Hence, the Egyptian Ministry of Petroleum has to sign contracts and to find financing institutions in order to be able to improve of the infrastructure.

Egypt as Energy Hub

In a region where top oil producing countries possess a huge share in the global energy market, the Egyptian government does not fail to notice the inevitability of bolstering its oil and gas sector. Egypt’s geographical location offers a huge advantage as the Arab republic is at crossroads with Asia, Europe, and Africa. This can achieve Egypt’s aspiration to become a regional energy hub where the country’s infrastructure facilities including pipelines, storage tankers, and terminal will be at the crossroad of several markets.

Egypt aims to be a hub that will receive gas from different source countries, a hub that will transform natural gas into liquefied natural gas (LNG) using the Egypt located EDCO liquefaction plant owned by Royal Dutch Shell and  the Damietta liquefaction plant owned by Segas. According to Egypt hub plans, the country will then deliver LNG to the importing countries.

The Egyptian government is working on becoming a prominent energy hub in the surrounding region. This comes as Egypt is adopting a strategy to make use of its location in order to not only be an energy producer, but to become an energy transit country.

Energy producing countries and non-energy producing countries tend to use their geographical location to become hubs for energy.  For example; Turkey is not one of the major oil and gas producers, yet its geographical locations serves as a bridge between the east and the west. According to the book, entitled the Oil & Gas Year Turkey 2010, “Turkey plays a vital transit role connecting producers in Russia, the Caspian and the Middle East to world markets.”

Egypt and Neighbors for a Shared Infrastructure

An example for Egypt’s strategy is its signing of a deal with Cyprus in 2016 to receive gas via an undersea pipeline which is located in the eastern Mediterranean. The agreement is a part of Egypt’s plans to have a shared infrastructure with its neighboring countries to import and export energy. The Minister stated to Pipeline Journal: “this is part of the development of the east Mediterranean gas as a whole and I think our strategy optimally is to position ourselves as an energy hub in the region.”

In his interview with BP Magazine, El Molla said that  “we’ve signed agreements with Cyprus to bring their gas here, whether for our domestic use or to export on their behalf through our LNG facilities. There’s an opportunity to do the same with any other gas [sic] in the Eastern Mediterranean basin.”

Egypt has offshore pipelines connecting it with Cyprus; that is why the two countries had signed a memorandum of understanding (MoU) in 2015 to send gas from Cypriot Aphrodite field to Egypt to be re-exported. Early 2017, Egyptian Natural Gas Holding Company’s (EGAS) Chairperson, Mohamed El Masry, told Daily News Egypt that Egypt will start exporting natural gas in the second half of year 2019. El Masry explained that Egypt own infrastructure that enables the country to distributearound 9bcf/d of gas and to export 1.88bcf/d.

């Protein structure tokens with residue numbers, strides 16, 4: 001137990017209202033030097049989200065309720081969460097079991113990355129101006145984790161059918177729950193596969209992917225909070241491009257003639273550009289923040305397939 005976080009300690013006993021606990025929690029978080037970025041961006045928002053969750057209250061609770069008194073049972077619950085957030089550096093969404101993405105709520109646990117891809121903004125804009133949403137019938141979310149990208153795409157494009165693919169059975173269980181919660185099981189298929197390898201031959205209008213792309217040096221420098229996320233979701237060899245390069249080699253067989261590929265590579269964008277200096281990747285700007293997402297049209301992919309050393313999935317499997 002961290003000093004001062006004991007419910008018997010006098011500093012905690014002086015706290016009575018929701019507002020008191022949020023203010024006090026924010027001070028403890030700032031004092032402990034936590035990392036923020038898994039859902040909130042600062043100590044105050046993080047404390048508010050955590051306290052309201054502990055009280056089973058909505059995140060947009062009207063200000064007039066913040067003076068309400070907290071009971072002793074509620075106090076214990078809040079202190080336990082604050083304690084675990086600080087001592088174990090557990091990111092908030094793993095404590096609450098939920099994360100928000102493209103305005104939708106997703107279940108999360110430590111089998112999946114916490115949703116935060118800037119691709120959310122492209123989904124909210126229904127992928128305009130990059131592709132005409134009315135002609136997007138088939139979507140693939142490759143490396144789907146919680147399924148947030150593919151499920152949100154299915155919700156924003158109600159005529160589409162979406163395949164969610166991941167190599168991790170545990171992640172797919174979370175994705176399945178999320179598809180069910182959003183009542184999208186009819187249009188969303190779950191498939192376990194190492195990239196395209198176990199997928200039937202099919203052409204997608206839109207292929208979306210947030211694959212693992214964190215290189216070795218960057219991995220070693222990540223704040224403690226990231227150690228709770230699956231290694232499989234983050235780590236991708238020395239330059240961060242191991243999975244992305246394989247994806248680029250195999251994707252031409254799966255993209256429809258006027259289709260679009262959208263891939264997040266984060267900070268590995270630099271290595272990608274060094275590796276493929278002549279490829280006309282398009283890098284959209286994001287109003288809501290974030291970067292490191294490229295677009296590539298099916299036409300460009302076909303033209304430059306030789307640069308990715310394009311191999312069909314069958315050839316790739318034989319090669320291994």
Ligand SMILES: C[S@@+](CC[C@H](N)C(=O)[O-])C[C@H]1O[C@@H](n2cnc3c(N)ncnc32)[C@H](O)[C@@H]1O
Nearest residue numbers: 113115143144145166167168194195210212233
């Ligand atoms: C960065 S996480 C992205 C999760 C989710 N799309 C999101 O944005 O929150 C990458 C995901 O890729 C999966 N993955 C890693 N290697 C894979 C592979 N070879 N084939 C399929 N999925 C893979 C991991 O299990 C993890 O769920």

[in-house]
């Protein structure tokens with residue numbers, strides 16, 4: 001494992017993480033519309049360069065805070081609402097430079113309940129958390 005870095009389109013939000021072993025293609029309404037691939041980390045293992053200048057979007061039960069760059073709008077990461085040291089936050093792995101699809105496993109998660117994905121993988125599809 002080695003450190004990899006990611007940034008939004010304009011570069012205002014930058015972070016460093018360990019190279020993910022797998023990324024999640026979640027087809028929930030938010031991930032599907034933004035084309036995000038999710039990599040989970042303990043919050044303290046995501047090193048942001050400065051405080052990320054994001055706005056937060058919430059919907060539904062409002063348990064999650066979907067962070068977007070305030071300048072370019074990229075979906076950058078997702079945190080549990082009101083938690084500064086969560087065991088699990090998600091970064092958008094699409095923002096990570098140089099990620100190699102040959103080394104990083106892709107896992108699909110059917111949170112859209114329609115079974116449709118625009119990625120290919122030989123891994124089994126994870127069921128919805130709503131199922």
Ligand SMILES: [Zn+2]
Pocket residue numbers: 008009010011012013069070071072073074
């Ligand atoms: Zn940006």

Egypt has also pipelines that help in increasing the country’s export and in connecting it to other countries. The country shares the Arab Gas Pipeline with Jordan and Syria, which has been executed over four phases. The Egyptian Ministry of Petroleum’s Website explains that the first phase of the pipeline is a 265 km length pipeline that extends from Egypt’s Arish to Jordan’s Aqaba port with a total capacity of 10 bcm per year. The second phase consists of a 390 km pipeline that goes from Aqaba port to El Rehab in Jordan. The third phase isa 30 km pipeline that runs from El Rehab in Jordan to the Jordan-Syria borders. While the fourth phase is a 330 km pipeline that extends from Jordan-Syria borders to Homs with the possibility to be extended to Syria-Turkey borders.

Like Egypt, Turkey has the potential to become oil and gas regional hub as it has gas pipeline projects between the east and west that are envisaged and are designed to deliver gas from Caspian and the Middle East to Europe through Turkey. These pipelines are known as the “Southern Gas Corridor” (SGC). In addition, the country’s pipelines include the South Caucasus Pipeline (SCP), Baku-Tbilisi-Erzurum Natural Gas Pipeline (BTE), and Turkey-Greece Interconnector (ITG). Turkey further has a number of planned pipelines including the Trans-Anatolian Natural Gas Pipeline (TANAP), going from Azerbaijan to Europe via Turkey and Georgia, and the Trans-Adriatic-Pipeline (TAP) that will be executed within the context of Southern Gas Corridor. The delivery of gas to Turkey through TANAP will start in mid-2018 and to Europe in 2020, according to the official website of the Republic of Turkey’s Ministry of Foreign Affairs.

Egypt, as well as Turkey, can enjoy the benefits of its perfect geographical location to become a regional hub for oil and gas which are representing an important factor for the flourishing economy.

The Egyptian infrastructure is already promoting Egypt to be an oil and gas transit country which is a part of its vision to become an regional energy hub. Therefore; the Egyptian government should keep maintaining the infrastructure and improving it to achieve the country’s goals and to enable it to export gas in the future .

Sarah Samir 3287 Posts

Sarah has been writing in the oil and gas field for 8 years. She has a Bachelor Degree in English Literature. She has three years of experience in the banking sector.